The report was shocking, even to Israelis inured to bad news: Three athletes who perished after a bridge collapsed July 14 during the opening of an international sports festival did not die of injuries suffered in their 48-foot plunge into a river. Nor did they die solely due to the rush of water into their lungs.
The two women and one man, all Australians, were killed by toxins they swallowed in the evil-smelling waters of the Yarkon River, according to preliminary autopsy reports. The still-unidentified chemicals, a coroner said, caused "immediate and severe" lung inflammation that killed Yetty Bennett, 50, and Gregory Small, 37, both of Sydney, within hours and Elizabeth Sawicki, 47, of Melbourne nearly two weeks later.
Environmentalists say Israelis should not have been surprised. "Almost every major river inside Israel is polluted," said Dror Avisar, chief hydrologist for the Israel Union for Environmental Defense, a public interest group specializing in environmental law. "It's terrifying."
What's more, the Yarkon, contaminated in its midsection with what environmentalists call a noxious cocktail of industrial waste, pesticides and partly treated sewage, is by no means the worst of Israel's rivers.
Israel has just begun to awaken to the dangers posed by years of neglect of its environment, say experts inside and outside government. Rapid urbanization and poorly regulated industries have dirtied Israel's air, fouled its land and contaminated much of its precious water supply.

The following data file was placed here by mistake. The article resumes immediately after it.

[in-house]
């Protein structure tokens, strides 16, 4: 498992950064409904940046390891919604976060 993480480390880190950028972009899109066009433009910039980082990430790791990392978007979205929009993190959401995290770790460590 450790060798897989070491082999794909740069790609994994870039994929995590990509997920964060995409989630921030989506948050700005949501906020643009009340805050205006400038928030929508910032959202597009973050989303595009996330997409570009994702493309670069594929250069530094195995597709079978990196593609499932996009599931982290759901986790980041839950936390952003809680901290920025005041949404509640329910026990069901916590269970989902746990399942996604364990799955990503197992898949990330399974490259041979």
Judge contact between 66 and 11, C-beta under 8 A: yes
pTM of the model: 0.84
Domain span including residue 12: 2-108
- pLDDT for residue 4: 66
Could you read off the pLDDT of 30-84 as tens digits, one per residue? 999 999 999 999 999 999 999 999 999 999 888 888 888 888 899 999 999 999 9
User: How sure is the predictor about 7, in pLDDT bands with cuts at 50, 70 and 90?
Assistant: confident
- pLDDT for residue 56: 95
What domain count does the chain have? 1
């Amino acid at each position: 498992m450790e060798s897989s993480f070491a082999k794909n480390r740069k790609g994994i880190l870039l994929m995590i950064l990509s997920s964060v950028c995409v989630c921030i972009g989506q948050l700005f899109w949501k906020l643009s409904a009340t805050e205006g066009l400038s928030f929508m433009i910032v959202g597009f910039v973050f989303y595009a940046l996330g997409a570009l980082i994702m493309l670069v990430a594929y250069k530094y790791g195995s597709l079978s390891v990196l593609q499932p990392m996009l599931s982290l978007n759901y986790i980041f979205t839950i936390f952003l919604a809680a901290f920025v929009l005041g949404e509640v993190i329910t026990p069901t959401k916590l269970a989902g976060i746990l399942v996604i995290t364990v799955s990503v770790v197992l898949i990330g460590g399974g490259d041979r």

In recent years, Israel has begun to take steps on environmental issues, establishing an Environment Ministry in 1989 and allocating money to build modern sewage treatment plants, including a $100-million facility under construction near Jerusalem to replace a small, ineffective plant.
But the ministry is small and underfunded, and the problems are many.
Israel's record is especially poor in cleaning its rivers, which send raw or poorly treated sewage, hazardous chemicals and other pollutants coursing throughout the country and into the Mediterranean, several experts said. In river cleanup, Israel is considered 25 to 30 years behind the United States, where the oil-laden Cuyahoga River in Cleveland caught fire in 1969 but is now clean enough for recreational use.
The recent deaths have alarmed and embarrassed many Israelis, who say they were unaware of the severity of the problems. "It makes you feel like you're living in a banana republic," one young woman muttered in disgust at the Yarkon pollution.